It’s that time of year again. The garden is beginning to dwindle and you’re looking for ways to keep all your veggies fresh. Sure, they can be canned and put into soups, but there is also another alternative that will keep them fresh longer: freezing them. Of course, there are a few things one should know before taking on the task. Today, we’ll go over a few tips and tricks to freeze vegetables, fruits, and more!
Meat, casseroles, crockpot meals, soups, and stocks are among the best things that can be preserved if frozen properly.
First off, there are certain types of food that should never be frozen. Not only will they become something nasty-looking and flavorless, but some things can even harm you if you consume them after freezing and thawing them out. These non-freeze-friendly foods include:
Shelled eggs should NEVER be frozen, for any reason! When food begins to drop in temperature and freeze, you will notice that it also begins to expand. The last thing you want to find in your freezer is the aftermath of a multiple-egg explosion. If you must freeze eggs, remove them from their shell first.
For the same reason as shelled eggs, canned foods also shouldn’t be frozen. Not to mention, when the cans begin to expand, there's a chance that their contents become contaminated with the detached particles.
I know what you’re going to say: “Well, what about frozen yogurt?”. Regular yogurt is completely different. When regular yogurt begins to freeze, the moisture that is held in the container transforms into ice crystals. This ice ruins the yogurt’s consistency, causing it to curdle as it separates.
Pasta becomes a huge starchy mass because the structure is very soft before it completely freezes. If you need to freeze pasta, try undercooking it a bit; it should freeze well if it isn't fully cooked.
There’s a chemical that can be found within potatoes. What that chemical does is turn the potato black in the freezer if it’s not cooked, or at least blanched before freezing.
Dairy products and any type of sauce made with them will not freeze well. These foods will just end up separating when thawed, turning them inedible (and very unsightly). Trust me, you'll just end up throwing it out.
Avoid freezing fresh melons, watermelons, apples, cucumbers, celery, and anything else with high water content. Once the water in these foods freezes, it causes them to lose their original texture and flavor. If you want to freeze fruits and veggies, cook them first and they'll do fairly well. Furthermore, frozen veggies should never be allowed to thaw first, they should be cooked directly from their frozen state for best results.
Cheese, like cream cheese, ricotta, brie, and camembert cheese, among others, end up becoming a mess when thawed. They separate and become completely inedible. If you really, really want to freeze your cheese, then find out the safe way to do it with the experts.
Fried food will lose its particular crisp and greasy savor if you freeze it. Although a high-temperature oven may help to restore the crunch in some cases, oil will seep into the food by the time it's crunchy again. Avoid the sogginess and just try to eat your fried and breaded food while it's fresh.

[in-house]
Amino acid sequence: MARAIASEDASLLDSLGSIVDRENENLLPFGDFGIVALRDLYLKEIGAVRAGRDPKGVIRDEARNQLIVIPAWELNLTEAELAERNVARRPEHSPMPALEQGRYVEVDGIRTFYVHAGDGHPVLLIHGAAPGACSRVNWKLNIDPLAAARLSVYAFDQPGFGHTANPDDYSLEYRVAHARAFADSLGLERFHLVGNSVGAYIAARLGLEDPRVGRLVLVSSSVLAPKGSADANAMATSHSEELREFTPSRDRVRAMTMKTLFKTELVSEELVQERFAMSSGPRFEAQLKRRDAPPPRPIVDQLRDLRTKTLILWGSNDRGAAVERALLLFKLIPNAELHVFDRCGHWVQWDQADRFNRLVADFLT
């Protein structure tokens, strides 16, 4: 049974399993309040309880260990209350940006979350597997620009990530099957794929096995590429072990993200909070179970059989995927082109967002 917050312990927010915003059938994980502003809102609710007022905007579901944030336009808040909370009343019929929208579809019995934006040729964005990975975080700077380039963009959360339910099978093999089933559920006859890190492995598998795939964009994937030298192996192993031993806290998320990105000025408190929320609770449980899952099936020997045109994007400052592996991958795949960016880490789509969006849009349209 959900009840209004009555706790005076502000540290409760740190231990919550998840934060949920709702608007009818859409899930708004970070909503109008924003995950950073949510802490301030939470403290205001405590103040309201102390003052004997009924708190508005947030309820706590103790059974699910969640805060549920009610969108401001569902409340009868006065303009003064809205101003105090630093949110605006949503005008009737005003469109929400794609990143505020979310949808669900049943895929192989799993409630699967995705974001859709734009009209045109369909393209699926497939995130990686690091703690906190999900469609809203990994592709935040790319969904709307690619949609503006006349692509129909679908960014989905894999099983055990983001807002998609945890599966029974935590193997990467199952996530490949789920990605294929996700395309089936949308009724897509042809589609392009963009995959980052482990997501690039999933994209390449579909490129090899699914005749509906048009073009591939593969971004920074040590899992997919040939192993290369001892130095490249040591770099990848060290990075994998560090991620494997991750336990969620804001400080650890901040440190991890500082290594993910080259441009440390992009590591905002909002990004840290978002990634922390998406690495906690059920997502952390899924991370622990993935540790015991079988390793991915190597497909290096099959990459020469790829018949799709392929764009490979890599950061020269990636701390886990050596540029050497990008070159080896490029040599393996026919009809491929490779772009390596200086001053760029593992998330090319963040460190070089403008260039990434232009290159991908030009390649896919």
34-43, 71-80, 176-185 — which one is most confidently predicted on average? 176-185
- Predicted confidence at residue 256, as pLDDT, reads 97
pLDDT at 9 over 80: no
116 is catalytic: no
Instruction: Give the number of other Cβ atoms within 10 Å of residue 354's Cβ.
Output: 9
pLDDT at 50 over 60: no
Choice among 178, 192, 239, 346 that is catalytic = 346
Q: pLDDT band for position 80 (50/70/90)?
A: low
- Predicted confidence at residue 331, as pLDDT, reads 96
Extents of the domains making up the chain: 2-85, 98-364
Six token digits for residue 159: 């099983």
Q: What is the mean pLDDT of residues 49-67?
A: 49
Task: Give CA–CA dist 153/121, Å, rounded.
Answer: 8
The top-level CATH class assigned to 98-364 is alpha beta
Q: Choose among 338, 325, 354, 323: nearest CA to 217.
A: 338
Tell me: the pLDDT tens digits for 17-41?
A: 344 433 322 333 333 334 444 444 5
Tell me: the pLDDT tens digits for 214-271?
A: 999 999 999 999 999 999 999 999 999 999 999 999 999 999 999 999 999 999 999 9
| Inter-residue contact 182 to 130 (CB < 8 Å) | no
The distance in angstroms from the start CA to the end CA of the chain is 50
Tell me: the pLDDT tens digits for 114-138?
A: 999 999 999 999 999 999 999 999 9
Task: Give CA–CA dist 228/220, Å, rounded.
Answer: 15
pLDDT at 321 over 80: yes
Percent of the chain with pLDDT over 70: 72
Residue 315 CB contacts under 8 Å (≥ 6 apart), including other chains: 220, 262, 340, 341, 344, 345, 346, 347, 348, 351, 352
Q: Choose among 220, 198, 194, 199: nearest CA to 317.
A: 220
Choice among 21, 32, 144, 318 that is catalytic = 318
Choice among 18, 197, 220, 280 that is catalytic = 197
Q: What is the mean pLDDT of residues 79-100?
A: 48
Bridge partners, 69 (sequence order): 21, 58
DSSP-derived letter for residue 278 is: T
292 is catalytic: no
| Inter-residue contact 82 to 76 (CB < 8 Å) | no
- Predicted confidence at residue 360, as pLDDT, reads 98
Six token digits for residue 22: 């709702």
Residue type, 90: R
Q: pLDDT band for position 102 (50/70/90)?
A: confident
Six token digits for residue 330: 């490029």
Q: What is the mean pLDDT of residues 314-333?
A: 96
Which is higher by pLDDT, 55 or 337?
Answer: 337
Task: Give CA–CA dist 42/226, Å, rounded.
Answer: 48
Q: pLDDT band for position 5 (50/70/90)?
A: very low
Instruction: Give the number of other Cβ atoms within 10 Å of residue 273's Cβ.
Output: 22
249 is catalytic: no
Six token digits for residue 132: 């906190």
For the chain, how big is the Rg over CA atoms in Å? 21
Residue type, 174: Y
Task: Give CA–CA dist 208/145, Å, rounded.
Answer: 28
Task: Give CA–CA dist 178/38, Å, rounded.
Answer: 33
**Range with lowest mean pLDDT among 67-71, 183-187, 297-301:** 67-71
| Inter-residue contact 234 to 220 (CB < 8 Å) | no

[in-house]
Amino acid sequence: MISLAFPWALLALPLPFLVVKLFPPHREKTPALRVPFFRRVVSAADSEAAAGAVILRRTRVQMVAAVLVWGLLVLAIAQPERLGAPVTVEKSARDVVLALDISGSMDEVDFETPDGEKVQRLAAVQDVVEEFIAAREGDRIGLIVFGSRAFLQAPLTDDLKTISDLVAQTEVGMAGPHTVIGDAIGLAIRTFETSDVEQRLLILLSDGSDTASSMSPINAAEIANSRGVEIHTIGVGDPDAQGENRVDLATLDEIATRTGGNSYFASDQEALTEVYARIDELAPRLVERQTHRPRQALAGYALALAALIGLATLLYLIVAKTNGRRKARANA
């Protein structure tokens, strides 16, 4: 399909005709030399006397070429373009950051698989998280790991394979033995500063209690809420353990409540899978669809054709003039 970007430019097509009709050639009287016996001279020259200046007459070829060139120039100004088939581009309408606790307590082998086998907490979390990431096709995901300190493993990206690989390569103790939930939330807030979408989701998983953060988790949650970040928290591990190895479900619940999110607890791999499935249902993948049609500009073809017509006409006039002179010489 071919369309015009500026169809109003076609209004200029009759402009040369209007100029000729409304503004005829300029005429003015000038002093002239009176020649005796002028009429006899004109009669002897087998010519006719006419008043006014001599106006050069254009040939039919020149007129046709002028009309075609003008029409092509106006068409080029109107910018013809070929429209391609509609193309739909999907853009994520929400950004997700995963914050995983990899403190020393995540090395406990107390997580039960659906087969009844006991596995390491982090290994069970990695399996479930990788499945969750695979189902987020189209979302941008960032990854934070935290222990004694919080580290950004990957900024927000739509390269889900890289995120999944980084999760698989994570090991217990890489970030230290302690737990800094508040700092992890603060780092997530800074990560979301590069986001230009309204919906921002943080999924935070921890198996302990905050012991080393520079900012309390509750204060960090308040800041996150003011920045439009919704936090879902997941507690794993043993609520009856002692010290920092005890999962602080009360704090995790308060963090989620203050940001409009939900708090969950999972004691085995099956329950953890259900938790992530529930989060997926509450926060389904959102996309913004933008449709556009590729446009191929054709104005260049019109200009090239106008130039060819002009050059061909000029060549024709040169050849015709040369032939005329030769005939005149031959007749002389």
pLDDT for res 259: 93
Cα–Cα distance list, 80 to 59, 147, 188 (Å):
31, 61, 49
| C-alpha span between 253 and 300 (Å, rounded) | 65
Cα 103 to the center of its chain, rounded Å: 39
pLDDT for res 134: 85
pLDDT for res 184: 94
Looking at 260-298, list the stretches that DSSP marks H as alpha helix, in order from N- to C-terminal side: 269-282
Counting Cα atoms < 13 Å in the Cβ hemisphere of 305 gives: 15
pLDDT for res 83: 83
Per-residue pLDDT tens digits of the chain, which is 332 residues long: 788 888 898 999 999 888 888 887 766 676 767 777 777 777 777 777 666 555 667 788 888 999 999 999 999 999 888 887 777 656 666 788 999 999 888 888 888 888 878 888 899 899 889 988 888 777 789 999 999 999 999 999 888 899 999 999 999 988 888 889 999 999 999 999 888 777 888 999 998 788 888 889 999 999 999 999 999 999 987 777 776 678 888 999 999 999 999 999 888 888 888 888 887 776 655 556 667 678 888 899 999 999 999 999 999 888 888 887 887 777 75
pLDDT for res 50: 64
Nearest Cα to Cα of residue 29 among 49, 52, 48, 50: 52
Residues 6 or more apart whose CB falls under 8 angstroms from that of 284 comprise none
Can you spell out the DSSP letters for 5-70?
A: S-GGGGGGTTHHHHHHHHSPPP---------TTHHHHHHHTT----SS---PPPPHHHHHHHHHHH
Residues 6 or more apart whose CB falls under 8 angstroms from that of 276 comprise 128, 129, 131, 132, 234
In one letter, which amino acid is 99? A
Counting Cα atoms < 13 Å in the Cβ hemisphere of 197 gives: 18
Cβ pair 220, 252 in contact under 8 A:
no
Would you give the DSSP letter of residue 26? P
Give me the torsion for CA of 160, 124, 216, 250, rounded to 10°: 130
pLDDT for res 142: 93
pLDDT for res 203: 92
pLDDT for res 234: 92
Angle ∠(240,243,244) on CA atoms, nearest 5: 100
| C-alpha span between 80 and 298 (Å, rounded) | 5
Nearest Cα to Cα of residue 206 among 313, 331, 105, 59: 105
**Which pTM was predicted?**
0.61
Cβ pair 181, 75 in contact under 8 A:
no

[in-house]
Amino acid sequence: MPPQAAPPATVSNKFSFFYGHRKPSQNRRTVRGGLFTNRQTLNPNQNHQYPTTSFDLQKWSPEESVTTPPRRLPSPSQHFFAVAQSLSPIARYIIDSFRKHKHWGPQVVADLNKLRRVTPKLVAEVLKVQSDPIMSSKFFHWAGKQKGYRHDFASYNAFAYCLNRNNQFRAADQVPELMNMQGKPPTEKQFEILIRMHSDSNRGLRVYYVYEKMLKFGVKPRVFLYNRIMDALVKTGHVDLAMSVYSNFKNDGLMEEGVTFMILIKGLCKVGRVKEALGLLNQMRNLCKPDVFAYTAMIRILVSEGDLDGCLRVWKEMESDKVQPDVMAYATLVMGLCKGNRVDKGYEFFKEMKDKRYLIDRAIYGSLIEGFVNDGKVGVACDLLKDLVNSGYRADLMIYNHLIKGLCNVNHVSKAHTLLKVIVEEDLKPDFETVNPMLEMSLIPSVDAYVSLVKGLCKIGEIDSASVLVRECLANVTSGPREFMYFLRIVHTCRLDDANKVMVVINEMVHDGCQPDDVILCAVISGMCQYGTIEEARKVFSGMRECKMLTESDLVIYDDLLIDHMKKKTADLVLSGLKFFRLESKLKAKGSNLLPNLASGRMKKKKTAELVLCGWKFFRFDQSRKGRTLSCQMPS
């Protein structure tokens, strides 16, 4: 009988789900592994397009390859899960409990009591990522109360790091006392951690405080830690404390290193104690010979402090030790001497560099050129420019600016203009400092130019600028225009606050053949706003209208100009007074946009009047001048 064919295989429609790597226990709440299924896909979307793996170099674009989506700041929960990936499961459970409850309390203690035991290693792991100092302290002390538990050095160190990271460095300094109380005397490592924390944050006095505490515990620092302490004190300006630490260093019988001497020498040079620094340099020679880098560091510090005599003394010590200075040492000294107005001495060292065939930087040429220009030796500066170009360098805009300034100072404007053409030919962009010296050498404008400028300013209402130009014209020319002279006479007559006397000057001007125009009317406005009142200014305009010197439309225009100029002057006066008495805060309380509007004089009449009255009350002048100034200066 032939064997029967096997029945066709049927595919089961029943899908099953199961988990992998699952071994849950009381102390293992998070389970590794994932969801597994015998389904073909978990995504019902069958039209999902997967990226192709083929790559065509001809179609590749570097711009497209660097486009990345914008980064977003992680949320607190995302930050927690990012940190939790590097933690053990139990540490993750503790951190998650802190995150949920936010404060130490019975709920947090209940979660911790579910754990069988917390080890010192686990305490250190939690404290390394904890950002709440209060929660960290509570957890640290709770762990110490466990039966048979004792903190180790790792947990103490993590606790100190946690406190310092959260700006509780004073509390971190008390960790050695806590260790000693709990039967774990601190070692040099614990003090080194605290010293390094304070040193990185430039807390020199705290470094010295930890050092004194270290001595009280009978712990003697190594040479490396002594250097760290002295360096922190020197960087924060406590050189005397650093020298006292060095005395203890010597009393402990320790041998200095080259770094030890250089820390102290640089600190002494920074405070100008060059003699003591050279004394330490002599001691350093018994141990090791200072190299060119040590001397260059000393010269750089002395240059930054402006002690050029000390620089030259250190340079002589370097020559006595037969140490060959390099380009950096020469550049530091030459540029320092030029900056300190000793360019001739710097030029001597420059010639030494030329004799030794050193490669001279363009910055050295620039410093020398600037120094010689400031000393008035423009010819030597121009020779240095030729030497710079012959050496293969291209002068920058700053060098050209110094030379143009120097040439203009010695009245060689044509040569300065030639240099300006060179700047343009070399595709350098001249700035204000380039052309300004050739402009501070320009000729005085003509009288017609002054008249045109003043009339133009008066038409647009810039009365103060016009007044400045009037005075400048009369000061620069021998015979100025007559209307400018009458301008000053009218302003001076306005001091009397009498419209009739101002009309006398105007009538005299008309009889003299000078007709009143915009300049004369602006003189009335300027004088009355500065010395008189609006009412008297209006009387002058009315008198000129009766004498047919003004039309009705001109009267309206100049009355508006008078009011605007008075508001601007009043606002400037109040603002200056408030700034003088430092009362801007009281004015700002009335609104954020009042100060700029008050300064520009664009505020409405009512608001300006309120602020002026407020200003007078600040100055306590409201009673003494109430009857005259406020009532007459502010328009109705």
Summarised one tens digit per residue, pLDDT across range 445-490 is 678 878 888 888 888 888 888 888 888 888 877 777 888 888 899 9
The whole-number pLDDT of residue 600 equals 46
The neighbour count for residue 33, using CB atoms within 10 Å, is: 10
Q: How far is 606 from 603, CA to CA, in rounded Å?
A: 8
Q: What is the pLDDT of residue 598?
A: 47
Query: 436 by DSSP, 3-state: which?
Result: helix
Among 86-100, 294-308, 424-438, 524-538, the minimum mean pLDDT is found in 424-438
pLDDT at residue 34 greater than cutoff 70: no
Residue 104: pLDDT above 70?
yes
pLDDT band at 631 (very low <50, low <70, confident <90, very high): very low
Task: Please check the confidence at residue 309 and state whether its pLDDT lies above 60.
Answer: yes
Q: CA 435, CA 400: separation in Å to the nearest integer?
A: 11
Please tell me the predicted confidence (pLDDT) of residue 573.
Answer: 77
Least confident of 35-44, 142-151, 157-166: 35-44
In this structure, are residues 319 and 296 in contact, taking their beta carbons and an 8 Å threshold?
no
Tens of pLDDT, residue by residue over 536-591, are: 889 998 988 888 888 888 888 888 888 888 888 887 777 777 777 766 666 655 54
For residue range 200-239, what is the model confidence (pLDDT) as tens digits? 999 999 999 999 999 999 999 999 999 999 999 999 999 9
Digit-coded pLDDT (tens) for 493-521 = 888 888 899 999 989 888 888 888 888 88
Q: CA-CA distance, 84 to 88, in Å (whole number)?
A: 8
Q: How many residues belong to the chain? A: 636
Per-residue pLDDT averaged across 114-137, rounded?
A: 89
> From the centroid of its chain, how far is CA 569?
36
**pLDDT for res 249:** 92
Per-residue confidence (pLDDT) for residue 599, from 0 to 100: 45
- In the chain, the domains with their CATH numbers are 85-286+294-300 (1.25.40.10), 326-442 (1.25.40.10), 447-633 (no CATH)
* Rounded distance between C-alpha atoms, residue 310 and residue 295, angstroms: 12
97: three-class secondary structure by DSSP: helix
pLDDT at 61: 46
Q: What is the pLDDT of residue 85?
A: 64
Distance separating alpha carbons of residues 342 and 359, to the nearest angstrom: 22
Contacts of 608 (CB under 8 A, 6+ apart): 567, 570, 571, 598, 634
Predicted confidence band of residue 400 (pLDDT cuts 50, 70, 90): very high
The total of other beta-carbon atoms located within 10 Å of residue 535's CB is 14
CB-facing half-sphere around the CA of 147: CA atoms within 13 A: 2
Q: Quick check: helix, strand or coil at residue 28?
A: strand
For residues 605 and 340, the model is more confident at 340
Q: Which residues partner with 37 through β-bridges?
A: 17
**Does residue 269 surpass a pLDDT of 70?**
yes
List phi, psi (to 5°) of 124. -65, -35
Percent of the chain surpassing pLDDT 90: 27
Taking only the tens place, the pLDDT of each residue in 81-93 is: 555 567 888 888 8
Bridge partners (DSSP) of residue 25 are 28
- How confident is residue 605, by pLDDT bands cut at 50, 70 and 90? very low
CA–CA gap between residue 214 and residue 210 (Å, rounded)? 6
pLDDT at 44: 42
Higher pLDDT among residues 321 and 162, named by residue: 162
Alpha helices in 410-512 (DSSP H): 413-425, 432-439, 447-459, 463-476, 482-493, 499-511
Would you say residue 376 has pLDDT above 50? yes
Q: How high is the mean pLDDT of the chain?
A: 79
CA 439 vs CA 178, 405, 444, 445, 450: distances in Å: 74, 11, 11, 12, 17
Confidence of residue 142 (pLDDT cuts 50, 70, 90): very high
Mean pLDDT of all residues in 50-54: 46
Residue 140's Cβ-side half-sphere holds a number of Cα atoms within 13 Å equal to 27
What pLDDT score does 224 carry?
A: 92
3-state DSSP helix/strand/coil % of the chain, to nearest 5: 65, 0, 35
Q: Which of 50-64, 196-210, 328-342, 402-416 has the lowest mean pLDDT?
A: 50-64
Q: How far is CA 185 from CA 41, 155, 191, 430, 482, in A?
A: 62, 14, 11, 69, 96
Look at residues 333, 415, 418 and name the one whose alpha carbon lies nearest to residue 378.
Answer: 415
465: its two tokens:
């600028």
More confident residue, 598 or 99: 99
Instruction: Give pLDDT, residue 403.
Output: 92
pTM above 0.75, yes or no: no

Among the things that can be frozen are meats, casseroles, crockpot meals, soups, stocks and more. Make sure to have all the materials needed to compile the food and get it ready for the freezer. Also, always make sure to label everything. You don’t want to have mystery meat for dinner. Whether you decide to put it in a bag or a container, make sure it’s done correctly or you’ll just end up wasting a lot of your time and money. If done correctly, it can save you both.
There are a number of ways to freeze fruits, although it can be a little tricky. The following are two methods I’ve found to always work well. When freezing berries, place them all out on a plate or cookie sheet and freeze that way. Once they are completely frozen you can transfer them into a container or a freezer bag.
My apples and peaches and such always turn brown fast. I don’t really know why, but if you are going to freeze them for say a smoothie or recipe, then you can add ascorbic acid or vitamin C tablets to some water and dip them in that. Lay them out and let them dry before plopping in the freezer.
One of the many questions that come up when people start to prepare to freeze food is: “Which vegetables do not need blanching before freezing?” “Which vegetables do?”. You may have asked yourself if you can freeze raw vegetables or if you have to blanch them before freezing. Well, everyone who’s been in or around a kitchen has heard of blanching at one time or another. Blanching is a way for veggies to keep their color and flavor.
The technique destroys all the bad organisms in the food and then packs it tightly together. What happens if you don’t blanch vegetables before freezing? Well, to be honest, you’ll be dissatisfied with the outcome, to say the least. Freezing vegetables without blanching can leave you with dark and sometimes black vegetables that aren’t edible. Remember to only blanch vegetables, though.
Always get the air completely out of the container or bag that you are using. Air is what lets freezer burn sink in.
Ice is not the only thing that those little cubed trays are used for nowadays. These are perfect for stock, olive oil mixed with fresh herbs, flavored butter, coffee for iced coffee, roasted garlic, lemon juice, citrus zest, cookie dough, wine, caramelized onions and more. There are a number of ways you can spread your wings and use those little trays for more.
You might think this is an obvious one, but you’d be surprised at how many people think that the temperature of the food before freezing it won’t make a difference in the end result. Make sure to always cool foods down before freezing. When you place hot foods in the freezer the overall temperature inside will decrease. This could cause some harm to the other foods inside and possibly even start the defrosting process.